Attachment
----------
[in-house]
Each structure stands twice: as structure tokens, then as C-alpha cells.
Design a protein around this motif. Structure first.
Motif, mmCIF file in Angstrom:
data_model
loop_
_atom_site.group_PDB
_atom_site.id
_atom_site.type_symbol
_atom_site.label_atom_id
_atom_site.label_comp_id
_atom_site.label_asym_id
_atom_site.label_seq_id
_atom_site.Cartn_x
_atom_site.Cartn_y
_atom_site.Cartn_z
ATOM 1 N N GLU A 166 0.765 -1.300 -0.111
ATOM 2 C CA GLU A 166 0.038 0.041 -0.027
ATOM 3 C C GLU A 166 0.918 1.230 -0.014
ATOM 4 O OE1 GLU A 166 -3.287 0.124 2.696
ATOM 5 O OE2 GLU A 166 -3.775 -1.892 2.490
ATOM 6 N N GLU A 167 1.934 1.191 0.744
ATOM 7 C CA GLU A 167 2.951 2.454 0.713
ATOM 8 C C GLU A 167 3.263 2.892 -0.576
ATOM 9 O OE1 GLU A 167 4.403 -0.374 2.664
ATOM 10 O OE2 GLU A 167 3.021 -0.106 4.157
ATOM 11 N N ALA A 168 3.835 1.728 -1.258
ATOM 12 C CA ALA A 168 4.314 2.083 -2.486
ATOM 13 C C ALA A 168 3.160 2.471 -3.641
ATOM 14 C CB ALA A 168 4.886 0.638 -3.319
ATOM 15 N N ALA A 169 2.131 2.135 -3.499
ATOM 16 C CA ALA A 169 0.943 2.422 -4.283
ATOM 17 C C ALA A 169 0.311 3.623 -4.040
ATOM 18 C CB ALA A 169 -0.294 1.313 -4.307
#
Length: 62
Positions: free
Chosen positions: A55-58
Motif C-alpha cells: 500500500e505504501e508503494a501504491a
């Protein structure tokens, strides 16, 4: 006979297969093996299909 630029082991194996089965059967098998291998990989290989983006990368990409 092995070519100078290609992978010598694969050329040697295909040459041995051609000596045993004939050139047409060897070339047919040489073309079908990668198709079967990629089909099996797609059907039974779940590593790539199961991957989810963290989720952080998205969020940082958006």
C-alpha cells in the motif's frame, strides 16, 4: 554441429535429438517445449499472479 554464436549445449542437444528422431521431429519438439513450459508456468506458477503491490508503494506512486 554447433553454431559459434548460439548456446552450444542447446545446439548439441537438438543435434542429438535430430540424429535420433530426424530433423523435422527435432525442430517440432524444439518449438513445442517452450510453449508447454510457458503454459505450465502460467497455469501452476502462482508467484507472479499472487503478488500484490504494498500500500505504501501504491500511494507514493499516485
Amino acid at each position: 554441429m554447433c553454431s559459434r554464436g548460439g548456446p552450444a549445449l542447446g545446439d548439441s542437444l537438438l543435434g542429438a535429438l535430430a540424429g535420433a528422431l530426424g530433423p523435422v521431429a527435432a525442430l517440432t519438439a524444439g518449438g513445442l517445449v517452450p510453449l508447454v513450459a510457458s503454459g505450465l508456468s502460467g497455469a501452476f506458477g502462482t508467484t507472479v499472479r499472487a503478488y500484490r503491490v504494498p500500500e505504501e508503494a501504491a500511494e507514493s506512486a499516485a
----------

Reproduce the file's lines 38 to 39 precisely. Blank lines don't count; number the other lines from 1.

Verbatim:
Chosen positions: A55-58
Motif C-alpha cells: 500500500e505504501e508503494a501504491a